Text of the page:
How long did it take you to write this book?
The first draft, one month, but because I am a bit of a perfectionist, I kept fine tuning it, tightening it so to speak. Then the outside elements began to occur, the crime of identity theft and lengths people was taking to make their dreams come true, then came mortgage fraud. I began this story in 2005, waited a while, added, waited a while and added some more until I was satisfied with it.

Which character of this book was the easiest to write?
Elizabeth was the easiest because I remembered how I felt going through the early stages of my son’s illness. I was newly separated, couldn’t get my ex-husband to see how our behavior had hurt out son. I was forced to raise him alone. Financially he provided, but I needed emotional support from him and he refused to give it.

Which was the most difficult?
Desmond was the most difficult. I would love to know what goes on in the mind of an autistic child. I know for my son anger is his expression of frustration, but to outsiders he appears to be bad tempered in which a good spanking wouldn’t hurt. Little do they know that spanking only made him escalate.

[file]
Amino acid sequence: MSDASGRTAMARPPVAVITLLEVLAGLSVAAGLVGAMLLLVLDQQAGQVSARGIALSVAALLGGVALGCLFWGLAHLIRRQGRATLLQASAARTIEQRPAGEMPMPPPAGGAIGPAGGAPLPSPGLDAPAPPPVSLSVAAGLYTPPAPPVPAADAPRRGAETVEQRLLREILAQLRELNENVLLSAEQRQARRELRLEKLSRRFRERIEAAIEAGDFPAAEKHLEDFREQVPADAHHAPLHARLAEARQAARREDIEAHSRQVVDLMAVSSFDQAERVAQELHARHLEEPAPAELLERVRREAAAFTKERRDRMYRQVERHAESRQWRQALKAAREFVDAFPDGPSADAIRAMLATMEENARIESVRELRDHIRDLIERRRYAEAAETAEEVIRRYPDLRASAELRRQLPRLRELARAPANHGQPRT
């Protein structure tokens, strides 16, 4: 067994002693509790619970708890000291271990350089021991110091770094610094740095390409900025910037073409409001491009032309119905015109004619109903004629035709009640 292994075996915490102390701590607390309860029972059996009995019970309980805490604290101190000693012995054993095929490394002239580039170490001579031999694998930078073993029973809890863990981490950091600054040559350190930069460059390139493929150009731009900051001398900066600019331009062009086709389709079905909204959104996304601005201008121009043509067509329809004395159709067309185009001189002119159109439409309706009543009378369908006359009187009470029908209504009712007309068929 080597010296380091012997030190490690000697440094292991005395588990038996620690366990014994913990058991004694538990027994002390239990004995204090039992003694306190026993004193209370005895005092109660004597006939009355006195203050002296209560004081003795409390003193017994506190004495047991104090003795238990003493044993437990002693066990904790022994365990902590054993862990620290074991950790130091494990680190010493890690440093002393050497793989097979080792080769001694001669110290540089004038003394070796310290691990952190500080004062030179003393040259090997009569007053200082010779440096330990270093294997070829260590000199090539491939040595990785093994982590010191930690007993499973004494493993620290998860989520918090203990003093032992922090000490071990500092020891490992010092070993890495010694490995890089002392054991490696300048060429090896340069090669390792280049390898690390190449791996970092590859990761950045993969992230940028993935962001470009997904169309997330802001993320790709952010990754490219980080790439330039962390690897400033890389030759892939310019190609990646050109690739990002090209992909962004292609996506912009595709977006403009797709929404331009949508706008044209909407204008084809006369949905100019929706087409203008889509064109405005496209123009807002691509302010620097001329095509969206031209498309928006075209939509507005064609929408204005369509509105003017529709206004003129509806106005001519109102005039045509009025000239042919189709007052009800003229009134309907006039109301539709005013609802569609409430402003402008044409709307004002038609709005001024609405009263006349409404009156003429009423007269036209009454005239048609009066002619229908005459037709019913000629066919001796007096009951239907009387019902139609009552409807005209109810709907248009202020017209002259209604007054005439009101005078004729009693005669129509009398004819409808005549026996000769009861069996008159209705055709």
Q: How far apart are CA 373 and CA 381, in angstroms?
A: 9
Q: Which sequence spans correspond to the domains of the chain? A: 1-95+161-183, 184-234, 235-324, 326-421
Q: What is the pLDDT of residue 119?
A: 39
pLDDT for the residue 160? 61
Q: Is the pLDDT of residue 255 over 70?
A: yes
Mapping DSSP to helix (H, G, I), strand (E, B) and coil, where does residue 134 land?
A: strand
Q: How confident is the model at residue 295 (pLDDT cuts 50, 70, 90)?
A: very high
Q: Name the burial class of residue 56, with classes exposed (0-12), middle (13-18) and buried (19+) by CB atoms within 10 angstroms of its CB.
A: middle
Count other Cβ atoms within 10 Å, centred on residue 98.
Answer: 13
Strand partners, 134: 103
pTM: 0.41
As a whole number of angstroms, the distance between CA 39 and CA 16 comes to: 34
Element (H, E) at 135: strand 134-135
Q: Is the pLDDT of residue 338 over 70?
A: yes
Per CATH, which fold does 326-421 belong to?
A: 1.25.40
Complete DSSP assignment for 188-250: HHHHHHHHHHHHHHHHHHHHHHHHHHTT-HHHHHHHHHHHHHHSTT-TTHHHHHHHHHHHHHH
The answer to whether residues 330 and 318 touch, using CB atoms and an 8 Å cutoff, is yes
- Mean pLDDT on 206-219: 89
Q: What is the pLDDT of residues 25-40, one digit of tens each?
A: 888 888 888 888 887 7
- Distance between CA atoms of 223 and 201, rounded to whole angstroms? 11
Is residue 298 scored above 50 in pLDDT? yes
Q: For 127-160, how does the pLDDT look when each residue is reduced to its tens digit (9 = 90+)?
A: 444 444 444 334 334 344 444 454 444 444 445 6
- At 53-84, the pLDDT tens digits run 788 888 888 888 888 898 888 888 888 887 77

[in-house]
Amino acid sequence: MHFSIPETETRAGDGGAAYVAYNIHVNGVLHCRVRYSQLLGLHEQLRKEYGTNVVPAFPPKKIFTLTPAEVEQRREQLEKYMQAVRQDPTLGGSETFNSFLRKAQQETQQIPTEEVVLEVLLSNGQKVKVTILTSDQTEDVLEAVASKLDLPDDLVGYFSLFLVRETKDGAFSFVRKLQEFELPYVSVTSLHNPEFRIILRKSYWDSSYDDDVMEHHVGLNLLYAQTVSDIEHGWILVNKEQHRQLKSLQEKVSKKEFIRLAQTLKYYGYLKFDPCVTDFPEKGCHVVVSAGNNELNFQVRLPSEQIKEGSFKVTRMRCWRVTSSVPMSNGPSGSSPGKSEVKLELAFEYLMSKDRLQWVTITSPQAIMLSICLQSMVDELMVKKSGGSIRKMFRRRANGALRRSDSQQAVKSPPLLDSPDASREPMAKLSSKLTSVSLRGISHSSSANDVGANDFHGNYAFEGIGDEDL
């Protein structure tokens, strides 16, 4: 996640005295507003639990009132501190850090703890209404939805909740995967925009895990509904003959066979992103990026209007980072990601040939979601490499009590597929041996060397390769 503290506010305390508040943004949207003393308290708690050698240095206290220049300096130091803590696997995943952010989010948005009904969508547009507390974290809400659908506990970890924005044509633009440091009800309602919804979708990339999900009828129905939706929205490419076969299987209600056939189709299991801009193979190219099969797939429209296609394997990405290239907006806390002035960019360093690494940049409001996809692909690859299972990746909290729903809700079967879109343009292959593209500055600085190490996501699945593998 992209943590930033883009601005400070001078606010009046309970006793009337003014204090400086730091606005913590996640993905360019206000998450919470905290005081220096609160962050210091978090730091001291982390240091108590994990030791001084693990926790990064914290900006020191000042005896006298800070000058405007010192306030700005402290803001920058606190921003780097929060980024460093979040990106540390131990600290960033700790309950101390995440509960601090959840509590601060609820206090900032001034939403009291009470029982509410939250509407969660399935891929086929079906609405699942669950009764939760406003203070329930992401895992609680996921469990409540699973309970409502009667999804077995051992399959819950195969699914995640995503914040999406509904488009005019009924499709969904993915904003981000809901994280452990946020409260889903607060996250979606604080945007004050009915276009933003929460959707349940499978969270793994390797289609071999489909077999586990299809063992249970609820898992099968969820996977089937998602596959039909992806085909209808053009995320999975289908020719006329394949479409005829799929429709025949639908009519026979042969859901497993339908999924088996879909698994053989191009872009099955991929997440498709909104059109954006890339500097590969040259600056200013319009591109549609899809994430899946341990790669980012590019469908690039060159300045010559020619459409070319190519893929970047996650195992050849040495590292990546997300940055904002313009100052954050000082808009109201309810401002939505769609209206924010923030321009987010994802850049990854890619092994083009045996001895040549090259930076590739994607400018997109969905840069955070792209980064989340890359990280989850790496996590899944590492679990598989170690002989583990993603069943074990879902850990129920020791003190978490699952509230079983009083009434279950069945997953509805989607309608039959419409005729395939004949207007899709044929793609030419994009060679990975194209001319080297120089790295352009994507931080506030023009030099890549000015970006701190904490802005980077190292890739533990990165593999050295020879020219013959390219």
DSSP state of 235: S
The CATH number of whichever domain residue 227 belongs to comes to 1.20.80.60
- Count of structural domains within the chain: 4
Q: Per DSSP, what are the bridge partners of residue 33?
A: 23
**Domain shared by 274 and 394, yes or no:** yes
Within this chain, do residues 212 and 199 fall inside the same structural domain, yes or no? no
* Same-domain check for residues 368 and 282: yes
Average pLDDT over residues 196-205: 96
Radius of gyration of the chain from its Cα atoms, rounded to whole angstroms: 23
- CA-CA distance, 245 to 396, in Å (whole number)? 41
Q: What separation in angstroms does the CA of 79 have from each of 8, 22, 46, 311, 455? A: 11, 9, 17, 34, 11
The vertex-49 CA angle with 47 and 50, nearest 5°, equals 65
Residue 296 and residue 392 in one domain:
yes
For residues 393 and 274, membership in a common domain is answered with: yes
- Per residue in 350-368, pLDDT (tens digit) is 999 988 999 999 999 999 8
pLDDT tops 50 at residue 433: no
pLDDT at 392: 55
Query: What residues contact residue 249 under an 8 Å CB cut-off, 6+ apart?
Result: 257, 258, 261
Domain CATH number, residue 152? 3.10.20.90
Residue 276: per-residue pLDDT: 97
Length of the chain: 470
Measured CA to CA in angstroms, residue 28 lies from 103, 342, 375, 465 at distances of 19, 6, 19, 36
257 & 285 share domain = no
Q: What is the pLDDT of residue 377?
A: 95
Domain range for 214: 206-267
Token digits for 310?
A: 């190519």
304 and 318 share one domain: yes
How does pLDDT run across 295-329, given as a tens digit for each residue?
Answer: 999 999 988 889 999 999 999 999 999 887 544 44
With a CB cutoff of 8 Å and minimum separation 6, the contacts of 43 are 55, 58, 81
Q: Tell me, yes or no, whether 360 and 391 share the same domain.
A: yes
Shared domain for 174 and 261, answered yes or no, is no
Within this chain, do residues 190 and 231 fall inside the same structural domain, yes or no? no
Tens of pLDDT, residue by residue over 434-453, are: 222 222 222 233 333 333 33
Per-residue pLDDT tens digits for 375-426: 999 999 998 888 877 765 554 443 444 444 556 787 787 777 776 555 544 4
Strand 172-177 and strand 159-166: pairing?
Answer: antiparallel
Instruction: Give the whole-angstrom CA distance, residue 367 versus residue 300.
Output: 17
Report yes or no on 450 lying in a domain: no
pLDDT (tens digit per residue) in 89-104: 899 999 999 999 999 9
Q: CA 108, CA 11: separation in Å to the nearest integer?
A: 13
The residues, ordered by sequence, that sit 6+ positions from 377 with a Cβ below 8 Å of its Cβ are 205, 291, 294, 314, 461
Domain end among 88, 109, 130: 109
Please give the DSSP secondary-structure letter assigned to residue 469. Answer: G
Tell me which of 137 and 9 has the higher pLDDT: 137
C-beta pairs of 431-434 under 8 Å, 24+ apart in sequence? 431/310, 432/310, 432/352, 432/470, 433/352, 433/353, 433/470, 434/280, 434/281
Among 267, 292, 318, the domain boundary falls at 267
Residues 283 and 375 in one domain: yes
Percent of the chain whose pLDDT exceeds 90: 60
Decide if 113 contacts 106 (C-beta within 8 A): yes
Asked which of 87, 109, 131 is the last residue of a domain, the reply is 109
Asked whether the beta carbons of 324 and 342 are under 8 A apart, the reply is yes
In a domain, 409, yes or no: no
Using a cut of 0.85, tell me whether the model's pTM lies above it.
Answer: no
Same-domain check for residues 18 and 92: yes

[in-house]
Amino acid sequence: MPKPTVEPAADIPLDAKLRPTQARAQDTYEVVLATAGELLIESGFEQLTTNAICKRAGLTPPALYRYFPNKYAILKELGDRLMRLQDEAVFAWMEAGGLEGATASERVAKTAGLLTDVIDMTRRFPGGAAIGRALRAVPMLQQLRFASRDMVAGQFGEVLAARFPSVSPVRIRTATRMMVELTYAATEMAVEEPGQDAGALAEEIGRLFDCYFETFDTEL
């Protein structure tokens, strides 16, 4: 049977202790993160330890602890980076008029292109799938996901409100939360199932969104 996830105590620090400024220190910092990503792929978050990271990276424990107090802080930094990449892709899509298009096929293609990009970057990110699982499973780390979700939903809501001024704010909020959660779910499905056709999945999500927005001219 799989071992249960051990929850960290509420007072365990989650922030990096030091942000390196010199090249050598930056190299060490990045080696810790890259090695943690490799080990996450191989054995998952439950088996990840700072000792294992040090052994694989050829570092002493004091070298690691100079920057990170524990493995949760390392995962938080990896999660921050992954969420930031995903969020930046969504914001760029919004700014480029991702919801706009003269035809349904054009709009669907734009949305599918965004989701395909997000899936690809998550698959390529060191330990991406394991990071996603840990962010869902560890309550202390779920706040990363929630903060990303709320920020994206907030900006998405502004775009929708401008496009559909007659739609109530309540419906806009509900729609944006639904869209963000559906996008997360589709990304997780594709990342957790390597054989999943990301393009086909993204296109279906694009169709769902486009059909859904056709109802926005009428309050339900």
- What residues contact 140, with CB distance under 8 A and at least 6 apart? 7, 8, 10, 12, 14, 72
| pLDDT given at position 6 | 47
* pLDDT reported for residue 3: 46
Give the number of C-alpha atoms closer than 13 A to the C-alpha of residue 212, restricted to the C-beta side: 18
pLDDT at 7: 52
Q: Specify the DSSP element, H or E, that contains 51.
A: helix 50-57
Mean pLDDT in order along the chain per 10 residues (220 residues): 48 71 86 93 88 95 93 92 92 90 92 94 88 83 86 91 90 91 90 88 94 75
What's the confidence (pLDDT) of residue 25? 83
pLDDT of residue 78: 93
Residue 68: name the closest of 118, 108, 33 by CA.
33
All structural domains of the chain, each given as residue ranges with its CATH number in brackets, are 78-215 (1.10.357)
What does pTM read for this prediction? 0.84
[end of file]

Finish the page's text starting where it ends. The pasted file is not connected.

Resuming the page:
Who is your favorite character of this book, and why?
I like Donovan Smith. He is a child of the light who shares his faith with Elizabeth. Blood is thicker than water though and that blood pollutes him because he lets it. He loves his fraternal twin, Jonathan aka Gordon Roosevelt, and hangs around him to keep him out of trouble. Yet his being with him draws him into the darkness. Donovan is also going through a grieving period. That grieving is compounded when he sees Elizabeth a dead ringer for his dead wife.

If you could be one character in this book, or in a past book you have written, who would it be?
Kathryn Rupurtus, I wish she had stood her ground and never left Philadelphia. I wish her instincts had kicked in earlier, like when Jonathan showed up on her door step. Not everybody has the ability to see trouble when it enters your realm.

What is the one thing you wish an interview would ask you?  And what is the answer?
I wish you had asked what was the message of Getting Roosevelt. The message I am relaying is don’t ignore the warning signs because you want something so badly. Elizabeth let Megan racism’s cloud her thinking. The real estate office was a big clue something was wrong, but she was so incensed by Megan that she ignored all of that when she really should have ran for the hills. Those of us who are stubborn like that will ignore the obvious because we don’t want the other person to think they have the upper hand.

 Review  4.5 Stars

The Author does a great job creating her characters. They are very complex and have detail.

The story itself isn't something I would normally read but it is very well written. It has great build and suspense. Leaves you on edge. Great work.